History paved the road for the today’s optometry services, a new age of technology and advancements. Below is a list of just some of these advancements beyond the wider known ones such as LASIK and other similar laser-driven treatments.

Auto-Refractor Keratometer measures an objective refraction or theoretical refraction of what lens power your need for proper vision. The instrument sees where light focuses on the back of your eye and determines what lenses it would take to make an image focus in the right area. It measures the sphere, cylinder and axis for each eye, along with the radius of curvature and axis for the cornea of each eye. These measurements provide data that can help determine your ideal prescription.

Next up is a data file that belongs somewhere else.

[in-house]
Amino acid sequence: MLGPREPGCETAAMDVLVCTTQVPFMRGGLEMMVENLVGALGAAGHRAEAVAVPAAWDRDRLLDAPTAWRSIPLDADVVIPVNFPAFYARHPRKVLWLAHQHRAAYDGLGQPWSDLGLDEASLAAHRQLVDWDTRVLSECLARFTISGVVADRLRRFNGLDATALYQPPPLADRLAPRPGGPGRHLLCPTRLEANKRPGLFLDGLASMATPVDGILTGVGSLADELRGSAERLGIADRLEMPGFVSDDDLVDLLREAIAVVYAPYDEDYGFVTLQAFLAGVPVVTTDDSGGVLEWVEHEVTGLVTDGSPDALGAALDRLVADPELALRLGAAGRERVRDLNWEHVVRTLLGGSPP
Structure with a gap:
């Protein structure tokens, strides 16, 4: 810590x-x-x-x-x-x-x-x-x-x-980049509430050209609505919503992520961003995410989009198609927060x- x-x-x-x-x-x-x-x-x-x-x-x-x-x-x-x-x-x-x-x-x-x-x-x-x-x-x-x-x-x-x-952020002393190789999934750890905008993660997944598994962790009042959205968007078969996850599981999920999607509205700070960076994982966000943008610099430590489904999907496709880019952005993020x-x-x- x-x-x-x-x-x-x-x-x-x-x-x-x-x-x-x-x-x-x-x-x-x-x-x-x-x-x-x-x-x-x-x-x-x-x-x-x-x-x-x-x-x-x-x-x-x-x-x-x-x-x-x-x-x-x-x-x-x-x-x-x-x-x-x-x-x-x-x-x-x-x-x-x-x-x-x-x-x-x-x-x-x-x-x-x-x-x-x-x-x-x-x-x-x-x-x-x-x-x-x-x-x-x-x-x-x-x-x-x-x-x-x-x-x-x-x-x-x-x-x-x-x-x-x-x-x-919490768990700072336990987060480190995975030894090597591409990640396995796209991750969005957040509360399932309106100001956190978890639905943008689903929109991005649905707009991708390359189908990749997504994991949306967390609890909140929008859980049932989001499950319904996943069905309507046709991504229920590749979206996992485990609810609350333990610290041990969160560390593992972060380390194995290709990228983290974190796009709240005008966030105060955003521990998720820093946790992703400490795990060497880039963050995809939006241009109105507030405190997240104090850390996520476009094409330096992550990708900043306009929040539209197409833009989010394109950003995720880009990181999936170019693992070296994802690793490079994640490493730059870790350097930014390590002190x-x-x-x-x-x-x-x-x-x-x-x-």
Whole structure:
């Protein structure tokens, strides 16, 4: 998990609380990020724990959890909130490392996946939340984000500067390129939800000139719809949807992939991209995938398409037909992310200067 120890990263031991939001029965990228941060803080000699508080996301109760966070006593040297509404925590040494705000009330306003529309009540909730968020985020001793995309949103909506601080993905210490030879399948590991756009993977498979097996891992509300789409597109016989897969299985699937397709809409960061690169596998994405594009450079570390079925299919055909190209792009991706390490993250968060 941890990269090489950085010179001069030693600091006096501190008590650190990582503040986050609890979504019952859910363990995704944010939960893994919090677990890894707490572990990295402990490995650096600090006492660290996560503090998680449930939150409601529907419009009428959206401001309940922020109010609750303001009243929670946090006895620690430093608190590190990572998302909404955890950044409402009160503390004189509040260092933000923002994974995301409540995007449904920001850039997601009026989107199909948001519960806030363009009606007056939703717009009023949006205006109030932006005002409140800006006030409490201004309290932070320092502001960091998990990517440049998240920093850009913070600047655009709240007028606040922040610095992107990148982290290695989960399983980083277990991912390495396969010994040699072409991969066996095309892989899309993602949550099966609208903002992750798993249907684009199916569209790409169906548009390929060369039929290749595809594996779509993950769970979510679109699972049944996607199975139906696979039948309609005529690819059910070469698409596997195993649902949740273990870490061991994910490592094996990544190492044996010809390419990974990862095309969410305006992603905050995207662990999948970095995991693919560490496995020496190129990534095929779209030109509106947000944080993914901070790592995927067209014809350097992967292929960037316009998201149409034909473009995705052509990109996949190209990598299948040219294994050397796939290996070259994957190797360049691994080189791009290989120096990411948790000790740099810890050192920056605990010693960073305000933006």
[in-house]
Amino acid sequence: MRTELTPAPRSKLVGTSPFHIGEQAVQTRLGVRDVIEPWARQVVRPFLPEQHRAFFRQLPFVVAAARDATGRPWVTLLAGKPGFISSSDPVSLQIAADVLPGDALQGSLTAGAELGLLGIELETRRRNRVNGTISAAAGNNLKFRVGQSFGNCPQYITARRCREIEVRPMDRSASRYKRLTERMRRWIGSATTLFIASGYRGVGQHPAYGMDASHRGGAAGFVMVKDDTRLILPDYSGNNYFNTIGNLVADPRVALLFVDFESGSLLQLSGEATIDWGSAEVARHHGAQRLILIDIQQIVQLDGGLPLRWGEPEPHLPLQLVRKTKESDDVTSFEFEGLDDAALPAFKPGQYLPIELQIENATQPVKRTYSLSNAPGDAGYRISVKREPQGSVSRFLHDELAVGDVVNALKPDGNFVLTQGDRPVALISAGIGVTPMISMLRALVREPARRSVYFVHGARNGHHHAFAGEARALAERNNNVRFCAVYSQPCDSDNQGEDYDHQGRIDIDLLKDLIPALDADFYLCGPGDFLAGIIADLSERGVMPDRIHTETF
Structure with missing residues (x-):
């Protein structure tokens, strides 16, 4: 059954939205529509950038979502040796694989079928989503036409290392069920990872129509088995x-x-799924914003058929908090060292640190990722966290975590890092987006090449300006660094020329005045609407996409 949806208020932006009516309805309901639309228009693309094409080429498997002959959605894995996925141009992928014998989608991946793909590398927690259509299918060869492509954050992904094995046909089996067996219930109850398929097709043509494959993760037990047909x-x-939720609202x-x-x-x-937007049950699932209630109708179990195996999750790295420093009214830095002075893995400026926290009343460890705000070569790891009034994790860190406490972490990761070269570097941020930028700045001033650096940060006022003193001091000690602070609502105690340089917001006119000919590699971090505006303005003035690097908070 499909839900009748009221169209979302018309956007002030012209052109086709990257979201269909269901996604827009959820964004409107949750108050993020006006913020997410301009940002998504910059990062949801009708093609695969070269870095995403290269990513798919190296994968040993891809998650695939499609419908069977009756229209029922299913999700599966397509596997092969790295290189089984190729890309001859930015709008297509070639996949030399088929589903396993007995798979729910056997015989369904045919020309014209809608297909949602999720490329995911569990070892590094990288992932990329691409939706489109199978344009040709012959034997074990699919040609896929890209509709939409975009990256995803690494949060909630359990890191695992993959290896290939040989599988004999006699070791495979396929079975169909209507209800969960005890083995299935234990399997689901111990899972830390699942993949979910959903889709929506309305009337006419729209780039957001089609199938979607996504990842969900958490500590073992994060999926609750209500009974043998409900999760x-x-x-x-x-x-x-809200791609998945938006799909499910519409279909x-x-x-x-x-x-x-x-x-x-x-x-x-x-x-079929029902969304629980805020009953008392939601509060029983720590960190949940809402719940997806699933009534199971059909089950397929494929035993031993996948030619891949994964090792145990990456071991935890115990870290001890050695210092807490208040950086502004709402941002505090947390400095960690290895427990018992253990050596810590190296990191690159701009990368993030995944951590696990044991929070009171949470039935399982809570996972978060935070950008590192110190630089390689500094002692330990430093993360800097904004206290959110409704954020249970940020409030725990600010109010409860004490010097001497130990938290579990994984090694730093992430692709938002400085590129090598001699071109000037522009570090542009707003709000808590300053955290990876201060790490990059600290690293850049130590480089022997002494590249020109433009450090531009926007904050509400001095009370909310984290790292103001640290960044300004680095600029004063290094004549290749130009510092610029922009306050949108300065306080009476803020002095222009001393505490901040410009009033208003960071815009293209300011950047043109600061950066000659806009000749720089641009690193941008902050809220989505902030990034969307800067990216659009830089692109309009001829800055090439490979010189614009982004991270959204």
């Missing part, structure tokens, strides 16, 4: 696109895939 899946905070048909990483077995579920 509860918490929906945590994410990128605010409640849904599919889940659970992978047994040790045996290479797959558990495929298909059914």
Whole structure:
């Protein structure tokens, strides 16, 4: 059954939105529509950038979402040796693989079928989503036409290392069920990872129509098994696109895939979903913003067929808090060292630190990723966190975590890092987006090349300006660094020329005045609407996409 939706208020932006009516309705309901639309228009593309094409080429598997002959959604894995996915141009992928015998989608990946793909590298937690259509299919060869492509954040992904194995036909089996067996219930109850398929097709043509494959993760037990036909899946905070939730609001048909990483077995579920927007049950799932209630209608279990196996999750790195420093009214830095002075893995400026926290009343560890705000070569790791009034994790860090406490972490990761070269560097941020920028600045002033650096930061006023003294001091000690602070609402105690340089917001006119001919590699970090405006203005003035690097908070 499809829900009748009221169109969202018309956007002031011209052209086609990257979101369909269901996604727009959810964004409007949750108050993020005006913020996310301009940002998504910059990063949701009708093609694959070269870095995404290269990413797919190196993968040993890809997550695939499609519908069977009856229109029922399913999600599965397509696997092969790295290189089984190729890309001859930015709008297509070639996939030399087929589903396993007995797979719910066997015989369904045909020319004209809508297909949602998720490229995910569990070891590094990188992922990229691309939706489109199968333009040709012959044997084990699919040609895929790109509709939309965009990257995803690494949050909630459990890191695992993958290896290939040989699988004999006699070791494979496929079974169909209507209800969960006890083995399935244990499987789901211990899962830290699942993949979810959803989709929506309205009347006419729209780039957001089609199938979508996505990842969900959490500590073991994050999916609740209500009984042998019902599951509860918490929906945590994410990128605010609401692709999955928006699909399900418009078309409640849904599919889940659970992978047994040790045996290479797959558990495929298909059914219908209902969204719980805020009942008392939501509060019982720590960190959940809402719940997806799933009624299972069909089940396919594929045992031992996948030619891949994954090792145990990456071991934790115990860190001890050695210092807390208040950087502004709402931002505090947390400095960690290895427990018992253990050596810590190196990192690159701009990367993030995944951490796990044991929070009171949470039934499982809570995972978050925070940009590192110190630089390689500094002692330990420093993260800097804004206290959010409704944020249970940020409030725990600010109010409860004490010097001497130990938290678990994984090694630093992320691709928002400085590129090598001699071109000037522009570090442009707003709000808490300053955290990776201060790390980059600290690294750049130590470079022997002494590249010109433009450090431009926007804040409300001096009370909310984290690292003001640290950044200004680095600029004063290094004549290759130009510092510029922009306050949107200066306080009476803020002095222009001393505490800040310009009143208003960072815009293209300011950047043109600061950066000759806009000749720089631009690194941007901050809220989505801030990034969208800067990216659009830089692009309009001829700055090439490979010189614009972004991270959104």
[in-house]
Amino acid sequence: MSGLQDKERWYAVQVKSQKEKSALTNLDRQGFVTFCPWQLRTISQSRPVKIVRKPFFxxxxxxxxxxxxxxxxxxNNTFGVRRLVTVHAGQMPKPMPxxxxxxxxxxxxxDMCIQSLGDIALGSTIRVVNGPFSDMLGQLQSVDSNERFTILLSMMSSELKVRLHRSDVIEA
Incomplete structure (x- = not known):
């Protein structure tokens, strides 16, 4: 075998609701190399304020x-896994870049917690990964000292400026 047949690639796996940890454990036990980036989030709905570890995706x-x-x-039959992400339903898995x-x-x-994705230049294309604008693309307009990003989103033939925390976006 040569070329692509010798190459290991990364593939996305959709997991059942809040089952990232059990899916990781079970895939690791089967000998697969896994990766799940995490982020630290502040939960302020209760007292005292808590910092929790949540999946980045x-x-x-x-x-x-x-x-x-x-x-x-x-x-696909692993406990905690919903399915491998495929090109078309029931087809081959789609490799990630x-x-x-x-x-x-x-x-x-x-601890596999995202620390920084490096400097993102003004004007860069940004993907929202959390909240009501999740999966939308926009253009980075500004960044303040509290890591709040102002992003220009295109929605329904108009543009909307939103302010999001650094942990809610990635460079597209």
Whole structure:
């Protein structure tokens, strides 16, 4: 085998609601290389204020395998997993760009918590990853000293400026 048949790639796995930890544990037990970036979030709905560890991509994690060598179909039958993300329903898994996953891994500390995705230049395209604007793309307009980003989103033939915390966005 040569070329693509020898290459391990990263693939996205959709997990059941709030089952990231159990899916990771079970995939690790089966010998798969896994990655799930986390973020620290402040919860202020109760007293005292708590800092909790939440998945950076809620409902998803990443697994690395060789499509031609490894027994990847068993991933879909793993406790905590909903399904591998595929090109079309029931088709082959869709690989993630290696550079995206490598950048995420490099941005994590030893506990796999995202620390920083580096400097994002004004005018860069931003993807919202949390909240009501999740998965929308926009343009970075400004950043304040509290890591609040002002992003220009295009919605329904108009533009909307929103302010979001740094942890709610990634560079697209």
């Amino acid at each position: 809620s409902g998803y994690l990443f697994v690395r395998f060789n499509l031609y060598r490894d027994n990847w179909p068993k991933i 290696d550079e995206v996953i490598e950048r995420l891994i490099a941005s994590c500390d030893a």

Corneal Topographer maps the front cornea surface of your eye. It helps to fit contact lenses, diagnose corneal disease, irregular astigmatism and keratoconus, and evaluate laser vision correction. Corneal topography is used in contact lens fitting services and post- laser vision correction eye exams.

Retinal Fundus Camera takes pictures of the back surfaces of your eye. This instrument helps measure the changes in the optic nerve and how new treatment or change of a treatment is necessary.

Non-Contact Tonometer measures intraocular pressure, which is the pressure inside your eyes. This instrument calculates and converts the response into a measurement of pressure.

Tonopen also measures intraocular pressure. The device touches an anesthetized eye surface to measure pressure and is most commonly used for patients with limited mobility.